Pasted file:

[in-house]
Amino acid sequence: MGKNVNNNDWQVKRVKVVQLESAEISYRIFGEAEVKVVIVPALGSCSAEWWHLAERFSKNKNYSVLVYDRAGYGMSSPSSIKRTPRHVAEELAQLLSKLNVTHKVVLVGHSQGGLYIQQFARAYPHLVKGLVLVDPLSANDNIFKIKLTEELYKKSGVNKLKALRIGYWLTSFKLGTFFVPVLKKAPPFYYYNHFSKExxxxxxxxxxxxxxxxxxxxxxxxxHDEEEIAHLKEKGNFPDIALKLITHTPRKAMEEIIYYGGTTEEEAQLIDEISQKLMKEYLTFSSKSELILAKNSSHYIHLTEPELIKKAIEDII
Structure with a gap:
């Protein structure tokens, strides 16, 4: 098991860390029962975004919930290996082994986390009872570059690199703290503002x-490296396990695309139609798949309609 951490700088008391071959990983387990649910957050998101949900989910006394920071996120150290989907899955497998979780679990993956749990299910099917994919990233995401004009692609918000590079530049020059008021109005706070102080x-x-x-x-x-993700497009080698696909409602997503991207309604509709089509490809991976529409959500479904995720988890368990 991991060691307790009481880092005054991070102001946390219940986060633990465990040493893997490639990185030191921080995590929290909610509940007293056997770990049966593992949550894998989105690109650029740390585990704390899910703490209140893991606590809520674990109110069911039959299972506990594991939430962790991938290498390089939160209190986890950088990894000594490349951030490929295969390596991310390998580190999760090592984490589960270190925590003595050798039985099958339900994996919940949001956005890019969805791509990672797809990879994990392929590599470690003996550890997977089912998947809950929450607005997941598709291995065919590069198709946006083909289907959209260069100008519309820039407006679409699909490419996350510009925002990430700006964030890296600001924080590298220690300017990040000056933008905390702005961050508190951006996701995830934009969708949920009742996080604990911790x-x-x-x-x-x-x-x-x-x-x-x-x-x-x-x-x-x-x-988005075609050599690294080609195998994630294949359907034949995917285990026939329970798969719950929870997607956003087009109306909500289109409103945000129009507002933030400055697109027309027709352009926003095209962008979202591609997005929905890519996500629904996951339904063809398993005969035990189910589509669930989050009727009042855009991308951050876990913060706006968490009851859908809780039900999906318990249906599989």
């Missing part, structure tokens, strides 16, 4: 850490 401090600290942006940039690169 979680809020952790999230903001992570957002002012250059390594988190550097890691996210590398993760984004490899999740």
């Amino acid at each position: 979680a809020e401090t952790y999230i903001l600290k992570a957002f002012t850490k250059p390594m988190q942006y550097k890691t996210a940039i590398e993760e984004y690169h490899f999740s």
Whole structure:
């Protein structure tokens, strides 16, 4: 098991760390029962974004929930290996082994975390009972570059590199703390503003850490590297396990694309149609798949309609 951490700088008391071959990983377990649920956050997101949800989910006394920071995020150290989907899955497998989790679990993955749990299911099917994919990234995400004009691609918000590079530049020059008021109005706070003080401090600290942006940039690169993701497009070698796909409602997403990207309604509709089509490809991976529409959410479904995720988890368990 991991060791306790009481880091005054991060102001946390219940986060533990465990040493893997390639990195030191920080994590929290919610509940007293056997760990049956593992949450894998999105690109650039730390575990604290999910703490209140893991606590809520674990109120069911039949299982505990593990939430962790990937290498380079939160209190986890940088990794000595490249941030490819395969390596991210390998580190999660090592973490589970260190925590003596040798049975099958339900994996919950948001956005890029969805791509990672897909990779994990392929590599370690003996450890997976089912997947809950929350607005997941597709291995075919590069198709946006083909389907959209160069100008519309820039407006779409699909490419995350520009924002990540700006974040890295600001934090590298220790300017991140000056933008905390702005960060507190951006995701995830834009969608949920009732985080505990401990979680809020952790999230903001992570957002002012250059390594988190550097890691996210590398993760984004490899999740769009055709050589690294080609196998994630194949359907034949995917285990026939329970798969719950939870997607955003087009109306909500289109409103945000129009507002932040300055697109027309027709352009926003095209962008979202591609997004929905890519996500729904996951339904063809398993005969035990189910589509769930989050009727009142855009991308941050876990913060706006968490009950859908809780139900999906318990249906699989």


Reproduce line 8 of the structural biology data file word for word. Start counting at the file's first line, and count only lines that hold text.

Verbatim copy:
């Protein structure tokens, strides 16, 4: 098991760390029962974004929930290996082994975390009972570059590199703390503003850490590297396990694309149609798949309609 951490700088008391071959990983377990649920956050997101949800989910006394920071995020150290989907899955497998989790679990993955749990299911099917994919990234995400004009691609918000590079530049020059008021109005706070003080401090600290942006940039690169993701497009070698796909409602997403990207309604509709089509490809991976529409959410479904995720988890368990 991991060791306790009481880091005054991060102001946390219940986060533990465990040493893997390639990195030191920080994590929290919610509940007293056997760990049956593992949450894998999105690109650039730390575990604290999910703490209140893991606590809520674990109120069911039949299982505990593990939430962790990937290498380079939160209190986890940088990794000595490249941030490819395969390596991210390998580190999660090592973490589970260190925590003596040798049975099958339900994996919950948001956005890029969805791509990672897909990779994990392929590599370690003996450890997976089912997947809950929350607005997941597709291995075919590069198709946006083909389907959209160069100008519309820039407006779409699909490419995350520009924002990540700006974040890295600001934090590298220790300017991140000056933008905390702005960060507190951006995701995830834009969608949920009732985080505990401990979680809020952790999230903001992570957002002012250059390594988190550097890691996210590398993760984004490899999740769009055709050589690294080609196998994630194949359907034949995917285990026939329970798969719950939870997607955003087009109306909500289109409103945000129009507002932040300055697109027309027709352009926003095209962008979202591609997004929905890519996500729904996951339904063809398993005969035990189910589509769930989050009727009142855009991308941050876990913060706006968490009950859908809780139900999906318990249906699989």